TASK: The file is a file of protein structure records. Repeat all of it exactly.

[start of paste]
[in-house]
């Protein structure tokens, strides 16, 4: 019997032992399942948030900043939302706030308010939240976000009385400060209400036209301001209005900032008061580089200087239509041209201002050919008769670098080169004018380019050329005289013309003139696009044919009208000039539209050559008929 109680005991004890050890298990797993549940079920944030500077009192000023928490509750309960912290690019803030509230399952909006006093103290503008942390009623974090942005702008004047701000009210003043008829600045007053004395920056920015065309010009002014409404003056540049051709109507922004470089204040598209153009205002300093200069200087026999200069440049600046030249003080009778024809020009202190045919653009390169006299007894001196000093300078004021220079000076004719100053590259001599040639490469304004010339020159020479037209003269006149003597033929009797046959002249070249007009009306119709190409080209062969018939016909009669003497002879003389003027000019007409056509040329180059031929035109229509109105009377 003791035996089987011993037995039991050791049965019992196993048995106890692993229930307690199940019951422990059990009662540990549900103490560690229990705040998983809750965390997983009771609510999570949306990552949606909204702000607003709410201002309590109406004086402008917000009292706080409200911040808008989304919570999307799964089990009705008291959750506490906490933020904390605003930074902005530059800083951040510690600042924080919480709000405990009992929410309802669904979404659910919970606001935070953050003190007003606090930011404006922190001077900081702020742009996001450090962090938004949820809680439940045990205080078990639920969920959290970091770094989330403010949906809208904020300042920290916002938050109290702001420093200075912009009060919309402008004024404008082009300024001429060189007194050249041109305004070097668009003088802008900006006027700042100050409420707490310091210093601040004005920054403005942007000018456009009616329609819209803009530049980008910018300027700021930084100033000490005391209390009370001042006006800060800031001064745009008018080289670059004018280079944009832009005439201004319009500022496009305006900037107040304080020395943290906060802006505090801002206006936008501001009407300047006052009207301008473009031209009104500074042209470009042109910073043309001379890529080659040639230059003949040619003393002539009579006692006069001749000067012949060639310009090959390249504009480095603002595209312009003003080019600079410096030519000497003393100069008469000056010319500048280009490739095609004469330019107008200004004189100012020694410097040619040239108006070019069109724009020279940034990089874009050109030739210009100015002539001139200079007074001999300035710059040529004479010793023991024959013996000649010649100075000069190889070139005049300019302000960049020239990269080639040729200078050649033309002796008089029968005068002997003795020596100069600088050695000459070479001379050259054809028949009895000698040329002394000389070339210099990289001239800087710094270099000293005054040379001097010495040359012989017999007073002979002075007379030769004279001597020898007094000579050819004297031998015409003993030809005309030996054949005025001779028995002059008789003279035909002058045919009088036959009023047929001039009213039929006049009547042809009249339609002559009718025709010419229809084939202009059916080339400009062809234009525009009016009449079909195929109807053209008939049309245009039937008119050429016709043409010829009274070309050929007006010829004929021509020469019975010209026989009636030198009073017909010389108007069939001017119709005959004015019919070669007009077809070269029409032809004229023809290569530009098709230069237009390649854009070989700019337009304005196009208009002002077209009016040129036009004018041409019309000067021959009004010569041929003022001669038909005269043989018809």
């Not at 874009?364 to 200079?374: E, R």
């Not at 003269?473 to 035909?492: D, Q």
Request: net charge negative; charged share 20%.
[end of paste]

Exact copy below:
[in-house]
């Protein structure tokens, strides 16, 4: 019997032992399942948030900043939302706030308010939240976000009385400060209400036209301001209005900032008061580089200087239509041209201002050919008769670098080169004018380019050329005289013309003139696009044919009208000039539209050559008929 109680005991004890050890298990797993549940079920944030500077009192000023928490509750309960912290690019803030509230399952909006006093103290503008942390009623974090942005702008004047701000009210003043008829600045007053004395920056920015065309010009002014409404003056540049051709109507922004470089204040598209153009205002300093200069200087026999200069440049600046030249003080009778024809020009202190045919653009390169006299007894001196000093300078004021220079000076004719100053590259001599040639490469304004010339020159020479037209003269006149003597033929009797046959002249070249007009009306119709190409080209062969018939016909009669003497002879003389003027000019007409056509040329180059031929035109229509109105009377 003791035996089987011993037995039991050791049965019992196993048995106890692993229930307690199940019951422990059990009662540990549900103490560690229990705040998983809750965390997983009771609510999570949306990552949606909204702000607003709410201002309590109406004086402008917000009292706080409200911040808008989304919570999307799964089990009705008291959750506490906490933020904390605003930074902005530059800083951040510690600042924080919480709000405990009992929410309802669904979404659910919970606001935070953050003190007003606090930011404006922190001077900081702020742009996001450090962090938004949820809680439940045990205080078990639920969920959290970091770094989330403010949906809208904020300042920290916002938050109290702001420093200075912009009060919309402008004024404008082009300024001429060189007194050249041109305004070097668009003088802008900006006027700042100050409420707490310091210093601040004005920054403005942007000018456009009616329609819209803009530049980008910018300027700021930084100033000490005391209390009370001042006006800060800031001064745009008018080289670059004018280079944009832009005439201004319009500022496009305006900037107040304080020395943290906060802006505090801002206006936008501001009407300047006052009207301008473009031209009104500074042209470009042109910073043309001379890529080659040639230059003949040619003393002539009579006692006069001749000067012949060639310009090959390249504009480095603002595209312009003003080019600079410096030519000497003393100069008469000056010319500048280009490739095609004469330019107008200004004189100012020694410097040619040239108006070019069109724009020279940034990089874009050109030739210009100015002539001139200079007074001999300035710059040529004479010793023991024959013996000649010649100075000069190889070139005049300019302000960049020239990269080639040729200078050649033309002796008089029968005068002997003795020596100069600088050695000459070479001379050259054809028949009895000698040329002394000389070339210099990289001239800087710094270099000293005054040379001097010495040359012989017999007073002979002075007379030769004279001597020898007094000579050819004297031998015409003993030809005309030996054949005025001779028995002059008789003279035909002058045919009088036959009023047929001039009213039929006049009547042809009249339609002559009718025709010419229809084939202009059916080339400009062809234009525009009016009449079909195929109807053209008939049309245009039937008119050429016709043409010829009274070309050929007006010829004929021509020469019975010209026989009636030198009073017909010389108007069939001017119709005959004015019919070669007009077809070269029409032809004229023809290569530009098709230069237009390649854009070989700019337009304005196009208009002002077209009016040129036009004018041409019309000067021959009004010569041929003022001669038909005269043989018809």
């Not at 874009?364 to 200079?374: E, R």
């Not at 003269?473 to 035909?492: D, Q």
Request: net charge negative; charged share 20%.